that 6.2Ghz is for one single core and they don't need 400W to get one single core to 6.2Ghz.
    The end user needs 400W, if not more, to get all 8 p-cores to 6Ghz+ but that's because it is physically possible to do, unlike ZEN where you just can't do that no matter how much power you put through them,mainly because they catch on fire waaaaay waaaay before reaching 400W.
    I'm unable to remind nothing to nobody but... 6.2GHz is the main reason of the 400W, single core or not. The fact that Zen cannot reach such frequencies are a design choice as it is a design choice of Intel to go to 6Ghz.
    I cannot understand your point, are you asserting that Intel have a better CPU of AMD ? Or that 14900 is not so power hungry ? Or that Intel process node is better than TSMC ? (of course I disagree on all the points).
    I often wonder who are the typical buyers of 1x900KS versions, professionals ? gamers ? overclockers ? arctic people ?
    For every category there is a better choice. 😀
    Reply
  • hotaru251
    if intel's history is to go by...you'll rarely ever see these for mroe than 5seconds & only if you delid your cpu.
    Reply
  • rluker5
    ingtar33 said:
    i really am just sighing right now. read your own sources. the problem is you're being bamboozled by graphs designed to exaggerate differences visually...
    here i'll help you with the math.
    259/245 == 5%
    213/208 == 2%
    215/208 == 3%
    190/187 == 1.5%
    165/159 == 3%
    121/115 == 5%
    average IPC uplift (6 games) from 12000 to 13000? 3%

    you cannot seriously consider a 3% uplift in IPC to be anything more than a refresh.

    ------

    now then, though this is an 8 game average, here is the ryzen examples you gave.
    from Zen 2.5 to Zen 3 == 22%
    from zen 2 to zen 2.5 == 14% (and this was the refresh mind you, i'm pretty sure the difference wasn't this big)
    from zen 1 to zen 2 == 2% (and i know for a fact this ipc gain was significantly larger, so i don't know what games they were testing to get just a 2% uplift, must have been a title or two with almost no difference or a significant negative for some reason to get this result)

    so what point are you trying to make? you proved the nearly 0% uplift in ipc from 12000 to 13000, and proved the significantly larger jumps between zen architectures (which you were trying to claim were refreshes), there is something weird about the games they used for the zen comparison though, as those numbers don't look right. for example, I'm pretty sure there wasn't a 15% improvement from zen 2 to 2.5... just as i'm pretty sure the ipc uplift from 1 to 2 was much larger then 2%, like significantly larger. But those are just small details, and in the end they don't matter for the overarching argument.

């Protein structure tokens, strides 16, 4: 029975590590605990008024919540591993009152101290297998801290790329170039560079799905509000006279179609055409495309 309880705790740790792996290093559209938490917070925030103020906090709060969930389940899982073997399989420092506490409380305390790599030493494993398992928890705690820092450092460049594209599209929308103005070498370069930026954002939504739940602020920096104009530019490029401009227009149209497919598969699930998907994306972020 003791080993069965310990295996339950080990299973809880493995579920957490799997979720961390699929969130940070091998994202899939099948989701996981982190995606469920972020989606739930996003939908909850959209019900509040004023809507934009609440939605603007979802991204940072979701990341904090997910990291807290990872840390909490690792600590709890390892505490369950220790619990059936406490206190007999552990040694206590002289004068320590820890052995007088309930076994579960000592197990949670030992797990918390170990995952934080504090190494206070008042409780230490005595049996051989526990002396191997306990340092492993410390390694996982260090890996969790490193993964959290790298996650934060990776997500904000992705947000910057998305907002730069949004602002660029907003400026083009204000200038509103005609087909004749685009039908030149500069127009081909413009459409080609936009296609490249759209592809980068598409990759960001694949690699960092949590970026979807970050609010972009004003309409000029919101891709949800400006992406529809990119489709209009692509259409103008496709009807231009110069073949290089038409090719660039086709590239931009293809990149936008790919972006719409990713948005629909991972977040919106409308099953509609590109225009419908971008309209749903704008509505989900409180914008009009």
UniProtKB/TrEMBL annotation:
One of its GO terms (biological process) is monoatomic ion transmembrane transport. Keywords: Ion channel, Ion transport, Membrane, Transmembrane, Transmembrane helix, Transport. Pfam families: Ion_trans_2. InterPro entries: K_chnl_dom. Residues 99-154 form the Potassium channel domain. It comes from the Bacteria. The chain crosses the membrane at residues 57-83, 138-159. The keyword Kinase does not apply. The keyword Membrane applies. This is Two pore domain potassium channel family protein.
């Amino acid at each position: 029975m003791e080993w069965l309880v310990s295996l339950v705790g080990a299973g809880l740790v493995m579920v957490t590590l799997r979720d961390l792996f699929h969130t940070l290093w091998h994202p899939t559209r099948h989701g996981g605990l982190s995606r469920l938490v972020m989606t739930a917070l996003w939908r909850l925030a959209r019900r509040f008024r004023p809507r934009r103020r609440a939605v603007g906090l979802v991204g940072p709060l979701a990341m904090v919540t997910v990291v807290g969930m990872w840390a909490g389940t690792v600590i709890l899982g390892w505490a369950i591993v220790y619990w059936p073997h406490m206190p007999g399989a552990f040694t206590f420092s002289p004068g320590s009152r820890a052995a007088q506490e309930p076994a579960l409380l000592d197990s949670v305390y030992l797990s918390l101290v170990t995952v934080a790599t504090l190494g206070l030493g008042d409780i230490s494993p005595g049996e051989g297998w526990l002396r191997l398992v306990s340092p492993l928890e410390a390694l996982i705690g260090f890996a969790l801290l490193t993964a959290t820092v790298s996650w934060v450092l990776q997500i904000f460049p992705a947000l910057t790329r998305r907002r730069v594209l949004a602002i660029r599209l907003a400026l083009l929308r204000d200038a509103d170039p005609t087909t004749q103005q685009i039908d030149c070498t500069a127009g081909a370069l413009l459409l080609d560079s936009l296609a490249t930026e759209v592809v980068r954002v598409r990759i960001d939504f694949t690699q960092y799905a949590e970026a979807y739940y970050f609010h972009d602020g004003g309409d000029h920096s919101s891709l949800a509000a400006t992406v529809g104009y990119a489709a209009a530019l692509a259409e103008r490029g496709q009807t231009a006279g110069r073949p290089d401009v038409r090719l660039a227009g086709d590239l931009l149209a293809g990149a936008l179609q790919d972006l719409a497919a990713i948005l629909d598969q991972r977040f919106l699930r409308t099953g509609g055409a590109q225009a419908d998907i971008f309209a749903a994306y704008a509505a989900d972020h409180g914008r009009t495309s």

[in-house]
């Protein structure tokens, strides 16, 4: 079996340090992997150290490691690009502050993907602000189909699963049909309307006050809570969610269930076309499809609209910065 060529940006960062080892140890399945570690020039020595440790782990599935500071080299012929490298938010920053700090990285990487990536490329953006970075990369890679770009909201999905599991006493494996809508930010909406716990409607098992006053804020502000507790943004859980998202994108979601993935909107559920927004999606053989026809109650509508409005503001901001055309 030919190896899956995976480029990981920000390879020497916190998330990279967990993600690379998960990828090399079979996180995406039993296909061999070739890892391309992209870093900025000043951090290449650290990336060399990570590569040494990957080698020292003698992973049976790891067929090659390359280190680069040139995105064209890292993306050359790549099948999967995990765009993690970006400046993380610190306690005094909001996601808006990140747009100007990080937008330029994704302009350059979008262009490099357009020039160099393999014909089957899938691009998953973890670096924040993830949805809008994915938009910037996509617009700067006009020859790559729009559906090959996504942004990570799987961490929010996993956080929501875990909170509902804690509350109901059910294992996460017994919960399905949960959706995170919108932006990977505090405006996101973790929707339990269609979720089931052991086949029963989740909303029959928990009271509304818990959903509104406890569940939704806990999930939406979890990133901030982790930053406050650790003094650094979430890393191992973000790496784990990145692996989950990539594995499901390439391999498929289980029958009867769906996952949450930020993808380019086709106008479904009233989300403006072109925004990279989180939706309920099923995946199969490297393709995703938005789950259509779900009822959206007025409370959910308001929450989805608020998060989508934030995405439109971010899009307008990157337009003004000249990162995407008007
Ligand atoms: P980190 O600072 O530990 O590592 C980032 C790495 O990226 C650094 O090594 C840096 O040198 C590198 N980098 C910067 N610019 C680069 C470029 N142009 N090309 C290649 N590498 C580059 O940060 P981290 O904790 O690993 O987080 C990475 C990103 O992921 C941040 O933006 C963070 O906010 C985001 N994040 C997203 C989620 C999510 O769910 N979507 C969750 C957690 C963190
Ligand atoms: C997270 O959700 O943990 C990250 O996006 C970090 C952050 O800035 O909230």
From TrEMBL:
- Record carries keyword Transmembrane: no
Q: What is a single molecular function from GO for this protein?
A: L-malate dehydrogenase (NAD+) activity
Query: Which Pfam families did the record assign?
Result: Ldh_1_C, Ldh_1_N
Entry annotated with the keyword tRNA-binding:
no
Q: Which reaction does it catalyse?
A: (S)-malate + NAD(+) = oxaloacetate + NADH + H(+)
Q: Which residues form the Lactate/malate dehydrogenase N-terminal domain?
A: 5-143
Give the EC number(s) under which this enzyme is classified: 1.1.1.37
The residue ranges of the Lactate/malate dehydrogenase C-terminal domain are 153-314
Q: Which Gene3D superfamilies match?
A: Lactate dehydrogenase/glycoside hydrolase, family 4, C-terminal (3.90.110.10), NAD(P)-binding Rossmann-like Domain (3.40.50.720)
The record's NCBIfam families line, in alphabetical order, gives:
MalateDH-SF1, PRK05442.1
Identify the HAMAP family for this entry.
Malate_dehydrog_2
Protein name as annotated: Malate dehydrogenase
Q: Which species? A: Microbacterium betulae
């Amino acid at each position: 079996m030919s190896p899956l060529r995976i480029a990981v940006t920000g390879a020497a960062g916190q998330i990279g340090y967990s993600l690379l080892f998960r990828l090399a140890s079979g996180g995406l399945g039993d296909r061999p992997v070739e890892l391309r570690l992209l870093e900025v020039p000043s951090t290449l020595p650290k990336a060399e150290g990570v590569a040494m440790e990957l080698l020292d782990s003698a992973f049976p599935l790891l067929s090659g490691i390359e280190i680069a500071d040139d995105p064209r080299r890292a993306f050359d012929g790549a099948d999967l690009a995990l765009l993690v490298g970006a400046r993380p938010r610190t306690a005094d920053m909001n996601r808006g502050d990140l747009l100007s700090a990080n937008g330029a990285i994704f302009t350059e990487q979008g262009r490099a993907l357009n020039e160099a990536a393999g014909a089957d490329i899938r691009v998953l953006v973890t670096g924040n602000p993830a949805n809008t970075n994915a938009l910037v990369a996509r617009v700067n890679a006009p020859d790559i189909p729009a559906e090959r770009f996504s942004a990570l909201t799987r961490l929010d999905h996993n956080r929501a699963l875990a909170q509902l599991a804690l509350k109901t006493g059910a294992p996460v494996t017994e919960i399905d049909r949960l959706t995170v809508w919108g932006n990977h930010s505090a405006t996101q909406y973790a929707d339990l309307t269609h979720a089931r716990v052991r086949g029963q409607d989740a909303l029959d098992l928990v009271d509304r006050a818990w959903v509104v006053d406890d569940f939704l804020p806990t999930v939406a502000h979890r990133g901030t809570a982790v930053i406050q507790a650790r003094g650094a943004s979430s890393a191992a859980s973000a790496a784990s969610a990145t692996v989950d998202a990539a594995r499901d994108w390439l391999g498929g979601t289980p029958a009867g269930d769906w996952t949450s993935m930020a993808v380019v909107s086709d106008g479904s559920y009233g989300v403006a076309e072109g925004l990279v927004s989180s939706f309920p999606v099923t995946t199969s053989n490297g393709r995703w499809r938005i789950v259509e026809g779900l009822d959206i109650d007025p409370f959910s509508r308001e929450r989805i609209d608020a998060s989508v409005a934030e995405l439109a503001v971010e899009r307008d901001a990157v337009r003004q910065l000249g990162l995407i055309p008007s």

I am willing to bet if you hunt down 14000 locked to 5ghz for those same titles you'd see basically the same results as the 13000, with a result within the margin of error. I know this because the result of 3% ipc gain from 12000 to 13000 is basically the same number i saw for 12000 to 14000. it was under 5% for sure (I can't recall the exact number but it was definitely less then 5%)
    First of all not all of the architectural changes were accounted for in the comparison of 12th to 13th gen, the p-cores were isolated. If the e-cores were run the ring would have been 1ghz slower and ram latency about 5ns higher at the same clocks for Alder with e-cores enabled, and the time to communicate to fewer e-cores was much higher in Alder. And you don't get a universal 10% clockspeed increase with just a refresh. You get chips overlapping, like my ordinary 13900kf being able to run stock 14900k speeds if I OC it. There are no Alder chips that can approach their Raptor counterparts without LN2.

    And if physical changes to the number of cores, cache and communication lines don't count? If only IPC counts then Meteor Lake is also a refresh of Raptor Lake, Zen 4 is also a refresh of Alder Lake and Zen 3 is a refresh of a refresh of Skylake.
    Why aren't you claiming that AMD ripped off the Skylake arch with Zen 3? Probably because there are differences other than IPC.
    Reply
  • TerryLaze
    NinoPino said:
    I'm unable to remind nothing to nobody but... 6.2GHz is the main reason of the 400W, single core or not. The fact that Zen cannot reach such frequencies are a design choice as it is a design choice of Intel to go to 6Ghz.
    I cannot understand your point, are you asserting that Intel have a better CPU of AMD ? Or that 14900 is not so power hungry ? Or that Intel process node is better than TSMC ? (of course I disagree on all the points).
    I often wonder who are the typical buyers of 1x900KS versions, professionals ? gamers ? overclockers ? arctic people ?
    For every category there is a better choice. 😀
    13900ks uses 253W just like the 13900k, just like the 14900k, and the 14900ks will also be 253W.
    Single core 6.2Ghz will be much much much lower than 253W
    The highest you can make the 14900k go in single core is 54W (and it also shows that the 14900k already uses 400W+ if you let it) and even if the KS is going to be higher it will only be by a little bit, it's not going to go from 54W to 400W ........
    Reply
  • CmdrShepard
    Wake me up when Intel changes focus to power efficiency because this is getting ridiculous.

    I suspect I'll need cryo sleep until then.
    Reply